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Domestic work is a very special sector of employment today that is dominated by migrant (both EU and non EU) workers and which may include severe cases of exploitation. The issue is particularly challenging because the sector is usually considered as one that can be neither regulated nor made transparent like other areas of the labour market. This is due to the private nature of the workplace – the home – and the intimate character of the job undertaken: looking after a young child or elderly parent, or fulfilling house chores that concern one’s everyday private life. In addition, the privatisation of care and welfare that has been taking place across Europe in the last couple of decades and the concomitant increase of migrant flows has encouraged a proliferation of paid domestic work: it is no longer only the affluent families that hire domestic and care workers – an increasingly large sector of the middle and lower middle classes do that too.
When doing research on the different moral and emotional tensions that employers face, one realises that employers rarely conceive of themselves as such. They are not like big firms that employ workers to manufacture goods nor are they like land owners or agricultural entrepreneurs interested in securing a seasonal labour force. They are involved in a sector that does not produce any product nor any profit – they pay for the service, for as long as the service is needed. They are often not familiar with either the legal or the managerial aspects of hiring and overseeing someone. This, of course, can have the positive effects of being grateful to the care worker or of treating her/him as ‘one of the family’, but it may also have the negative effects of not respecting the labour rights of the worker or of truly exploiting her/him.
Given the special nature of care work, the moral aspects of the employers’ experience are quite important for the employers themselves. In fact, probably no employer hiring a worker in another sector poses to her/himself so many questions about whether having a care worker or indeed a baby sitter is the ‘right’ thing to do. Nor do they question how it fits with the overall values about family life, inter-generational solidarity, or indeed social equality.
One of the reasons for this moral questioning is not just the intimacy of the job but the ambivalence that surrounds the relationships between employers, care givers, and other members of the household, notably elderly parents or children. Moral dilemmas arise for employers also because paid domestic work is often provided by undocumented migrant workers. Thus, the employers are often heavily implicated in the regularisation of the migrant worker and may bear the administrative and financial costs that relate to that status shift. Indeed, they make even seek to block that process by withholding information or refusing to pay welfare contributions.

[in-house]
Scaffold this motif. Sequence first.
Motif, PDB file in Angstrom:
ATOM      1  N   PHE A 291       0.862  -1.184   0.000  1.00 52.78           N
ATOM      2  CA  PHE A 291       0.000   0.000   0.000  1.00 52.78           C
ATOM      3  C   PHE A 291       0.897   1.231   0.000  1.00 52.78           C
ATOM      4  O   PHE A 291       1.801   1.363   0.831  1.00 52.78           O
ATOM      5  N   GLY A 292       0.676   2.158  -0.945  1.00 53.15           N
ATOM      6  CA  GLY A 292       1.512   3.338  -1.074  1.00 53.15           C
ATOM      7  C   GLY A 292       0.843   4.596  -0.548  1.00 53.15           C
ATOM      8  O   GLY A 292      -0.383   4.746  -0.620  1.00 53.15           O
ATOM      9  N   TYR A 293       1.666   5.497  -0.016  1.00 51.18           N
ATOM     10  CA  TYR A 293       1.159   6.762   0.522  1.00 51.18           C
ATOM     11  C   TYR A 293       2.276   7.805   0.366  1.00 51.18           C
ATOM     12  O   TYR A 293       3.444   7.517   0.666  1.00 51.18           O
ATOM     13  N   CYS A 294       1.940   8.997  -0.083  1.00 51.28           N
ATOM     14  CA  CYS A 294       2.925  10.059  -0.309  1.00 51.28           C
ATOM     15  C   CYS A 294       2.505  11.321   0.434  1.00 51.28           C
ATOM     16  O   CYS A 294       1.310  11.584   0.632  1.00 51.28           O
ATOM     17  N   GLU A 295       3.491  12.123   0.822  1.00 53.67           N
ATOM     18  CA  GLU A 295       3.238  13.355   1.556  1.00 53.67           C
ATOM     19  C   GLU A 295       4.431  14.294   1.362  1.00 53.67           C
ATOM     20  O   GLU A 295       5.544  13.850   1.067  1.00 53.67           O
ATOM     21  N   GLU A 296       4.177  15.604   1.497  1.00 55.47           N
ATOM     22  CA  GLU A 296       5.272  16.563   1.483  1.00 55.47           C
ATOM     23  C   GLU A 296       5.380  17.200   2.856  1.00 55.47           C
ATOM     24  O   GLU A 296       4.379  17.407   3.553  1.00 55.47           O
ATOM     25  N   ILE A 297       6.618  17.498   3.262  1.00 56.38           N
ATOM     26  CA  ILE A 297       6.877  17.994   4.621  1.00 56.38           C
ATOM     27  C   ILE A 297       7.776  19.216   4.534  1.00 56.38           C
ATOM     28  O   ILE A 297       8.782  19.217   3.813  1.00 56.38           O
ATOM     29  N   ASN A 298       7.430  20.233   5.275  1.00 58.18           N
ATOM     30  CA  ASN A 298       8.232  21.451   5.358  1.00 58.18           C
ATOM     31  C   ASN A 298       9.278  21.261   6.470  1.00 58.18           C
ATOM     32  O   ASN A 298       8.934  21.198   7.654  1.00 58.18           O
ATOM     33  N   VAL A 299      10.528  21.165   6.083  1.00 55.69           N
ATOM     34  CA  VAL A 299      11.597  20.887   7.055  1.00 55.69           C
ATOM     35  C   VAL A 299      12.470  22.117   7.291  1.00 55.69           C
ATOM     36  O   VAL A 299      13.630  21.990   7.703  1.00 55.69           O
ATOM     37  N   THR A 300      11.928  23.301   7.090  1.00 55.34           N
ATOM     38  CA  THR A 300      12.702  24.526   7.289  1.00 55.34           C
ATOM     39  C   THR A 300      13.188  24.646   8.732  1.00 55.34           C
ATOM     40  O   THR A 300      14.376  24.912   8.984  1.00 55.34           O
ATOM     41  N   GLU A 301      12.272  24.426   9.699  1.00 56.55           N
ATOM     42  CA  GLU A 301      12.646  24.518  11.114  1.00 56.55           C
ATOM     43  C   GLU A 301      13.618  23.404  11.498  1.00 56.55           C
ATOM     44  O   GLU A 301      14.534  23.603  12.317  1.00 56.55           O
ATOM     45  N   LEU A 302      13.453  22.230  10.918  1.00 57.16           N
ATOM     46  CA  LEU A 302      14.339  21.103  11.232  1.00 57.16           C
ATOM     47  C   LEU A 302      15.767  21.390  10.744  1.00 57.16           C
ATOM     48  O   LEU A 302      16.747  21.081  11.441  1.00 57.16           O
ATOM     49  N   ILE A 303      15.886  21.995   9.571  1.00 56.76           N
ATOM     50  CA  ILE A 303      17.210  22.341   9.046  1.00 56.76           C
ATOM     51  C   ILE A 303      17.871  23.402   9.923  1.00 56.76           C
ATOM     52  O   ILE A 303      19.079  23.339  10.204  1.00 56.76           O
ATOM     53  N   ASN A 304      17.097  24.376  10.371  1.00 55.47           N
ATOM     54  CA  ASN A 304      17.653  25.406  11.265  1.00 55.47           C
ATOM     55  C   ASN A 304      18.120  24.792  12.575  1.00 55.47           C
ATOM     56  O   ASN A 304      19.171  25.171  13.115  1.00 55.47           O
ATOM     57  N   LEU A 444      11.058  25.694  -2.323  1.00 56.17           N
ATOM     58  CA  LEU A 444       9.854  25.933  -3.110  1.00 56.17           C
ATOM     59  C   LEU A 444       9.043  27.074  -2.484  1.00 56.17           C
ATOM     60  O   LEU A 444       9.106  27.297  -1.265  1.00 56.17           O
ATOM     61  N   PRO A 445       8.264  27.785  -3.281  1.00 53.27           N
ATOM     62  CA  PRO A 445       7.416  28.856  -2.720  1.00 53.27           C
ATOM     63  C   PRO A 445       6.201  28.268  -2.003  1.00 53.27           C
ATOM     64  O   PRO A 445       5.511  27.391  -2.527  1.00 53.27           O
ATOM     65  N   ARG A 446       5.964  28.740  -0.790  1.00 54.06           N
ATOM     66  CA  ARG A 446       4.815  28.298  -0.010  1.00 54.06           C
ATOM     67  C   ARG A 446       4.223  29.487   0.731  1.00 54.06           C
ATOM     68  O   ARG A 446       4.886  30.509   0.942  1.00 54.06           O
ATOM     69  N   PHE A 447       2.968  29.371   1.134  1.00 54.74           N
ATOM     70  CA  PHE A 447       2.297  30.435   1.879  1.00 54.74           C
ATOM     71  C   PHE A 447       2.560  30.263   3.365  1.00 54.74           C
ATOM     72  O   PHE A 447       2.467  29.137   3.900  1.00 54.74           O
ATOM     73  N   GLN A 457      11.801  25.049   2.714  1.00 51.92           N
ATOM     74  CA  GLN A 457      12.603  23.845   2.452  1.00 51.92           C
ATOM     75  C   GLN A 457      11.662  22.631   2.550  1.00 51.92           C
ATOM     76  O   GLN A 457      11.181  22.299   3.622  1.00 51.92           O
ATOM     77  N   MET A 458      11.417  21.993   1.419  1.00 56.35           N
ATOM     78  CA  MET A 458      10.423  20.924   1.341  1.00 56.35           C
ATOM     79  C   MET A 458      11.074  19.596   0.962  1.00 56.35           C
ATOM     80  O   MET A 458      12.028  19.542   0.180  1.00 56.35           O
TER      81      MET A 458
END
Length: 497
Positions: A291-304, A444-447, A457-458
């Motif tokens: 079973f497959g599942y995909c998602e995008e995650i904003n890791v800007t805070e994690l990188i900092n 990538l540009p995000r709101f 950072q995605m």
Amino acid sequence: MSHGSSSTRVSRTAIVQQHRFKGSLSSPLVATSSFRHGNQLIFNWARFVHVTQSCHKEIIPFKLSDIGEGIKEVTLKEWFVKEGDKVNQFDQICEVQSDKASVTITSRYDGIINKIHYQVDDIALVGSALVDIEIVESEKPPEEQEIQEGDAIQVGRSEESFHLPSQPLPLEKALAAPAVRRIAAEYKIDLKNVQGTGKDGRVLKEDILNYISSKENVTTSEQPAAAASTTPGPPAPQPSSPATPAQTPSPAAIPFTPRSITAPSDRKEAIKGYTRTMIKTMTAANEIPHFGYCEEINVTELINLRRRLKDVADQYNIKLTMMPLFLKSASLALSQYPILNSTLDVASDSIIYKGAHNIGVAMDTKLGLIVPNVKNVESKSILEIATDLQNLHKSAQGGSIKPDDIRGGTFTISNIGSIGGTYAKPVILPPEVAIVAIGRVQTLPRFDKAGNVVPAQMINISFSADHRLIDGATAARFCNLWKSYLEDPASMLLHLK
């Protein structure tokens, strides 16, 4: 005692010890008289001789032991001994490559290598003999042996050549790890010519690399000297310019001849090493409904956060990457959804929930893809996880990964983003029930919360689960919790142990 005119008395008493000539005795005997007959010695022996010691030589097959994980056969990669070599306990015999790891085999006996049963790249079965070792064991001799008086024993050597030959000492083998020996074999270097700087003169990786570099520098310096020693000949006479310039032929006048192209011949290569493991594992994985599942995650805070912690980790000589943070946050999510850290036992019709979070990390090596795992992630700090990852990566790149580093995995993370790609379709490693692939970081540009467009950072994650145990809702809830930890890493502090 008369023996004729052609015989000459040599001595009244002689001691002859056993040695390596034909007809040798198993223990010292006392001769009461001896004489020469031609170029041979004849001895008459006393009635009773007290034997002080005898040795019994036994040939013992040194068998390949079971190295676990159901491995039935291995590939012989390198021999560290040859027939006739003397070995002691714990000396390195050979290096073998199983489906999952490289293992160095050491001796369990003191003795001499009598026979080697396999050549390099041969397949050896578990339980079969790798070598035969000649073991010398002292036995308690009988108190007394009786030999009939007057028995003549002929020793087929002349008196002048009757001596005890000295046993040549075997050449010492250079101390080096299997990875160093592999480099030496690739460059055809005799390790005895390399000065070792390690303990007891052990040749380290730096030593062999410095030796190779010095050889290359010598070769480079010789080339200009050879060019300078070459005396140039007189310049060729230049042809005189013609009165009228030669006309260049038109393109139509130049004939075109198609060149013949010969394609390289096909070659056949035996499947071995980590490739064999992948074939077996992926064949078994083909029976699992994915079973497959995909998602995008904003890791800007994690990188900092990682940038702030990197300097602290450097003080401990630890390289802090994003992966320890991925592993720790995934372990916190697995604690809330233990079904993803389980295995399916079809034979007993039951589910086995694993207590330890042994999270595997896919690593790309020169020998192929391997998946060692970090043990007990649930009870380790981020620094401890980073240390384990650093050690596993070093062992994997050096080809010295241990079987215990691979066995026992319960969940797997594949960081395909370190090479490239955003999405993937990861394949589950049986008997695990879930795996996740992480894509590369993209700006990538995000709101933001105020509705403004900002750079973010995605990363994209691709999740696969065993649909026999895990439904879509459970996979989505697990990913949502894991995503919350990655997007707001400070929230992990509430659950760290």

Employers of paid domestic workers may be distinguished into two main categories: ‘employers as agents of social change’ and ‘employers as preservers of traditions’. The first category includes employers such as the working mothers of young children or the daughters of elderly parents. For these individuals, hiring a domestic worker/babysitter/elderly carer is a way to pursue new models of parenthood and family life that do not forcefully entail a long, daily, physical commitment towards their family members. One may talk of the search for a ‘modern’ version of domesticity that combines responsibilities towards loved ones with paid work and a professional career, inevitably reducing the amount of time spent as the mater-familia in the home.
The second category of employers include those who have to delegate the actual performance of care and domestic work to paid workers, but who would probably prefer to do the work themselves. Lack of time and energy, distance from their children or parents, and commitment towards other family members are usually the reasons why these employers cannot directly take charge of the care of their relatives or even clean their own apartments. Thus employing someone is a second best option, but it comes at the cost of also feeling guilt or betrayal. This type of employer expresses discomfort in the employment relationship. In so doing, they put forward traditional views on commitment towards their households.
However, for either category, particularly when clear and practical regulation of the sector is missing, it is easy to go down a slippery slope of violating workers’ rights and abusing their vulnerable conditions. Such problems though are hardly addressed by stricter regulation of the sector, as this oftentimes has the opposite effect of pushing families-as-employers to avoid registration and regulation altogether. Rather, what is necessary is awareness campaigns which make the employers reflect on what is a reasonable salary and what are fair conditions of work for someone who works for their family. Alerting them to the facts that too low a salary is unsustainable, that migrant domestic workers have family lives too, and that all workers need some time for privacy and relax would go a long way towards preventing unintentional exploitation. In this sense, it is very important that trade unions, domestic workers’ organisations, and international actors take a stand to promote the ratification of the ILO convention on the rights of domestic workers, which defines what is fair employment in this sector.
As European societies age and welfare states become more versatile, there is a need for putting in place flexible systems of care and family support that provide much needed assistance to the families without leading to migrant workers’ exploitation.
For more information, please see Anna Triandafyllidou and Sabrina Marchetti’s edited volume ‘Employers, Agencies and Immigration: Paying for Care’ (Ashgate, 2015).